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Accession Number ADA585045
Title Certification in Structural Health Monitoring Systems.
Publication Date Sep 2011
Media Count 10p
Personal Author C. M. Kabban M. M. Derriso
Abstract Despite advances in health monitoring systems, the certification process for automated SHM systems remain rooted in the probability of detection (POD). POD is a fundamental part of the certification process, however, it is not the only measure of system validity. The process to certify a system must contain measures of accuracy and reliability. Disclosing the accuracy and reliability at the time of system design allows the end user to weigh differences among various SHM system architectures. In this manner, end users may identify the architecture that meets their specific overall system requirements. Further, it creates a benchmark from which system redesigns may be assessed and compared in order to improve overall system performance. In order to determine the appropriate measures of accuracy and reliability for the SHM system, first, the necessary output of such a system must be defined. Typically, the system is built in order to identify and assess structural damage. The appearance of damage is a detection problem whereas the extent of damage (crack length and location) is an estimation problem. Thus, the proper certification of a SHM system must incorporate measures of accuracy and reliability for both the detection and estimation of structural damage. These include probabilities related to detection such as the probabilities of true and false alarms as well as positive and negative predictive values. Confidence intervals must be defined as measures of the reliability of these probability estimates. Measures for the accuracy of the location and extent of structural damage include summary measures of the estimation process or model as well as the predicted location or crack length and its associated confidence interval. Establishment of the certification process as related to SHM will lead to better quantification of system performance for both detection and estimation and ultimately better system designs. These criteria may then act as a springboard for certification in subsequent prediction of structural failure, time remaining until structural failure, and other general aspects of risk analysis related to structural health.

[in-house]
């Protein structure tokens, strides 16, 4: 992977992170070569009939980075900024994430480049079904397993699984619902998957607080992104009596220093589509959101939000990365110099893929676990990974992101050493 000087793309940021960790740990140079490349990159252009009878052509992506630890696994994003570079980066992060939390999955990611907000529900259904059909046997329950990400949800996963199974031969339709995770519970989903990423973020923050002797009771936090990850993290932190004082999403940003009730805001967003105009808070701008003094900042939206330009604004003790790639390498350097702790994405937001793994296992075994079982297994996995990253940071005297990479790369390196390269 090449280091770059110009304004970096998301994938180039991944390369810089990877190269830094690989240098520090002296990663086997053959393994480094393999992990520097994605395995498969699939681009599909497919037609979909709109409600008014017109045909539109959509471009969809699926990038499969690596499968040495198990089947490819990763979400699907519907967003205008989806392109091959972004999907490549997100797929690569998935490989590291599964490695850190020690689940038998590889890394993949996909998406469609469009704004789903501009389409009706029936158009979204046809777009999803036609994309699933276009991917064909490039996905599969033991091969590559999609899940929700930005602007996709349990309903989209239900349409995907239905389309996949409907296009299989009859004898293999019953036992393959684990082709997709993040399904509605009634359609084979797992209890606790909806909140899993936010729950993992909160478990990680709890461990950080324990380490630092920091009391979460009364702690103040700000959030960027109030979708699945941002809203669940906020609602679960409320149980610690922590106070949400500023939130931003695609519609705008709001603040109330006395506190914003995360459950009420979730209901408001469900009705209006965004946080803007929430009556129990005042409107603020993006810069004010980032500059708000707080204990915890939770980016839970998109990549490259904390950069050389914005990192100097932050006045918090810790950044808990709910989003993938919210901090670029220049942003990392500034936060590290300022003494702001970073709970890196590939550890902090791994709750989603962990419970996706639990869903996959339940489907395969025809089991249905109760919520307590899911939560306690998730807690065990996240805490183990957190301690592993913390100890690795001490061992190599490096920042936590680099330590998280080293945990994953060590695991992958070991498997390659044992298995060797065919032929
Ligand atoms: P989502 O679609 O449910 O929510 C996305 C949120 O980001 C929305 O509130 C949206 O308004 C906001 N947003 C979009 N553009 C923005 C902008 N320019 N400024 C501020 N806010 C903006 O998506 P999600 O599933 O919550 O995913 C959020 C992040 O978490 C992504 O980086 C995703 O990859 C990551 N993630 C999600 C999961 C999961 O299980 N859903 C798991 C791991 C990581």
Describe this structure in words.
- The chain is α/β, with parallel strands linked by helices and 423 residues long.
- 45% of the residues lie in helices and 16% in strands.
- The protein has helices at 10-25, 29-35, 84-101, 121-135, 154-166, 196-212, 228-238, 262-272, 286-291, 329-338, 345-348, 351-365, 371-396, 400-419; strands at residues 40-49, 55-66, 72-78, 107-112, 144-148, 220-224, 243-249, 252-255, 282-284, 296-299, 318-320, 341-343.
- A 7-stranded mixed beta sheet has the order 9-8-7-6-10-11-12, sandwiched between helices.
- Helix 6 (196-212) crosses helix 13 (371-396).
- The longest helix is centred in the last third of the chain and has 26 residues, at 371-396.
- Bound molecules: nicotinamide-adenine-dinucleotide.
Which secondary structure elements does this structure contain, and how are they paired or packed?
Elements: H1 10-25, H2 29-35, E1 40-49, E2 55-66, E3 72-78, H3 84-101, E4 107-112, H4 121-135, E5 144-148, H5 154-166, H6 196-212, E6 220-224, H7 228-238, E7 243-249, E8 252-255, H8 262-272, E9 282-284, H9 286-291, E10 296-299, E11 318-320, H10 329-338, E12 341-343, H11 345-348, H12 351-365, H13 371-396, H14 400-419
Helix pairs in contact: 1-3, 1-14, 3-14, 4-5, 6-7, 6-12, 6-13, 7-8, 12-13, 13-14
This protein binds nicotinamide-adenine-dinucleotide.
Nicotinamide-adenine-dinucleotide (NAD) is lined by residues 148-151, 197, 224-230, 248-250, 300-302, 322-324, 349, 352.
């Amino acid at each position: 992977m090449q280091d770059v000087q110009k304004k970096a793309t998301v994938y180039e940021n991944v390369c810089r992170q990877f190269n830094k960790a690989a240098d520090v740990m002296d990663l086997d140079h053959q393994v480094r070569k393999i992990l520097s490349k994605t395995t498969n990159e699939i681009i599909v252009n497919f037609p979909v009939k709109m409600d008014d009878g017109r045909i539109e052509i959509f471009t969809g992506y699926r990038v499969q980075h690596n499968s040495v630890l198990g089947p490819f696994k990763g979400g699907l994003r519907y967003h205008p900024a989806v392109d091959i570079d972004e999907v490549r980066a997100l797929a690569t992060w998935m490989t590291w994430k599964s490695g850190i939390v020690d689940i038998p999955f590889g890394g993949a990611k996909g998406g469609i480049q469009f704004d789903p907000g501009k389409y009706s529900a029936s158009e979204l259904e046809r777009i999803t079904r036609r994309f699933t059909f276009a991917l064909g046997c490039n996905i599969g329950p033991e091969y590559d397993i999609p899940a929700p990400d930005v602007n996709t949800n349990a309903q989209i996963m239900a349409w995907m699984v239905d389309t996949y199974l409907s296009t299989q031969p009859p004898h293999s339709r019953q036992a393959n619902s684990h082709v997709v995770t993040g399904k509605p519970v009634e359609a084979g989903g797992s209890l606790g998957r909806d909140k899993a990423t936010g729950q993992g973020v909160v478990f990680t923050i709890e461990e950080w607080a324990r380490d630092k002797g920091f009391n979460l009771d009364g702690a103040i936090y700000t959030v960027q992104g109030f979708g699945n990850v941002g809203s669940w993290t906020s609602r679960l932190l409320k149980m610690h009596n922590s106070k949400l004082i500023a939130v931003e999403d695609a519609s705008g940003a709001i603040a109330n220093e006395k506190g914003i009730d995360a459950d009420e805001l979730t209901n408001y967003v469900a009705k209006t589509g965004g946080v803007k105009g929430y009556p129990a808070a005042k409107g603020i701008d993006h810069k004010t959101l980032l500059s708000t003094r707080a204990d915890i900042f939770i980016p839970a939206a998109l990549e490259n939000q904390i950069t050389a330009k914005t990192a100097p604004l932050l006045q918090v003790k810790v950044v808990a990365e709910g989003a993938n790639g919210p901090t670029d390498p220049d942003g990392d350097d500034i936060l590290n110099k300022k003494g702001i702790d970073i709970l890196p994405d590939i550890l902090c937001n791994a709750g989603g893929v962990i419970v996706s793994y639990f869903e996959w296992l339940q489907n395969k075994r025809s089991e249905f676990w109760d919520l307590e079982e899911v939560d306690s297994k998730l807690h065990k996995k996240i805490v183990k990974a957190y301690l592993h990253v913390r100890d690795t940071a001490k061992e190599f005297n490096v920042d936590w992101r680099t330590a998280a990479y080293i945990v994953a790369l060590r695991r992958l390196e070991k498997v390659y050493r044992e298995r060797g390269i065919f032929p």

Keywords Damage
Npv(Negative predictive values)
Pfp(Probability of false positive)
Pod(Probability of detection)
Ppv(Positive predictive values)
Structural health monitoring

Source Agency Non Paid ADAS
NTIS Subject Category 72F - Statistical Analysis
46E - Structural Mechanics
Corporate Author Air Force Inst. of Tech., Wright-Patterson AFB, OH. Dept. of Mathematics and Statistics.
Document Type Technical report
Title Note Conference paper.
NTIS Issue Number 1403
Contract Number N/A

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